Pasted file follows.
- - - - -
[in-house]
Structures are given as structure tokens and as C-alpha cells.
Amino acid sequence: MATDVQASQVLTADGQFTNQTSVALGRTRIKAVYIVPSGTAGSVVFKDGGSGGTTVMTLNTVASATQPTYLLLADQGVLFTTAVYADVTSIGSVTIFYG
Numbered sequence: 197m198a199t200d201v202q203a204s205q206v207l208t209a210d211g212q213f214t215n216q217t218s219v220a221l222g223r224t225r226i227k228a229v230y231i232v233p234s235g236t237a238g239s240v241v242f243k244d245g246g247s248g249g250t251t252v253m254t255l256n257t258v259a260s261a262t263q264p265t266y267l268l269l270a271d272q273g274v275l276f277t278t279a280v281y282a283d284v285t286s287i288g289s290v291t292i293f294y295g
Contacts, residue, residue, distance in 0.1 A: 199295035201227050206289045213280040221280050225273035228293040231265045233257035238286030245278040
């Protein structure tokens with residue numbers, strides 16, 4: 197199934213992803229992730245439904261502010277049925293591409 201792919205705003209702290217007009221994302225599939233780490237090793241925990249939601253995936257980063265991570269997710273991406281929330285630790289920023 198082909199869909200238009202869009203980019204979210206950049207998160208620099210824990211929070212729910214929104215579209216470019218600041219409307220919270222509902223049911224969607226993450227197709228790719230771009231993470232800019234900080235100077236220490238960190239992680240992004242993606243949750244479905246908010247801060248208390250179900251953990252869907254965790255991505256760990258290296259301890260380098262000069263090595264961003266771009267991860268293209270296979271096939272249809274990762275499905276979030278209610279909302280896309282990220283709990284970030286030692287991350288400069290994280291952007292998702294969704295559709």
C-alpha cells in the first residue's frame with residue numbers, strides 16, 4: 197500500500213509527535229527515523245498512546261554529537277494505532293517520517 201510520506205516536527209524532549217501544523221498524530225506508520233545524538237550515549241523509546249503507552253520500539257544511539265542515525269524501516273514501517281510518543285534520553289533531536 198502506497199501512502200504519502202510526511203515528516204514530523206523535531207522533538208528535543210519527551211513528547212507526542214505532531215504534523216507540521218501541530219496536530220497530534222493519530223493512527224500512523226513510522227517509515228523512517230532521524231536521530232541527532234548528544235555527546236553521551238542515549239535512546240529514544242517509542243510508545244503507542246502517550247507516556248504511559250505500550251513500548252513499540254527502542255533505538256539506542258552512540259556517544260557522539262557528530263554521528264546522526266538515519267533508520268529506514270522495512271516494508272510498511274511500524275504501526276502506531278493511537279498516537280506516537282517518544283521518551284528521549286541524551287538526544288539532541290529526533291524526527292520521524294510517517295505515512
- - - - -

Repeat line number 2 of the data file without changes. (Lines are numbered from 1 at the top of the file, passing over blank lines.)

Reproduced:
Structures are given as structure tokens and as C-alpha cells.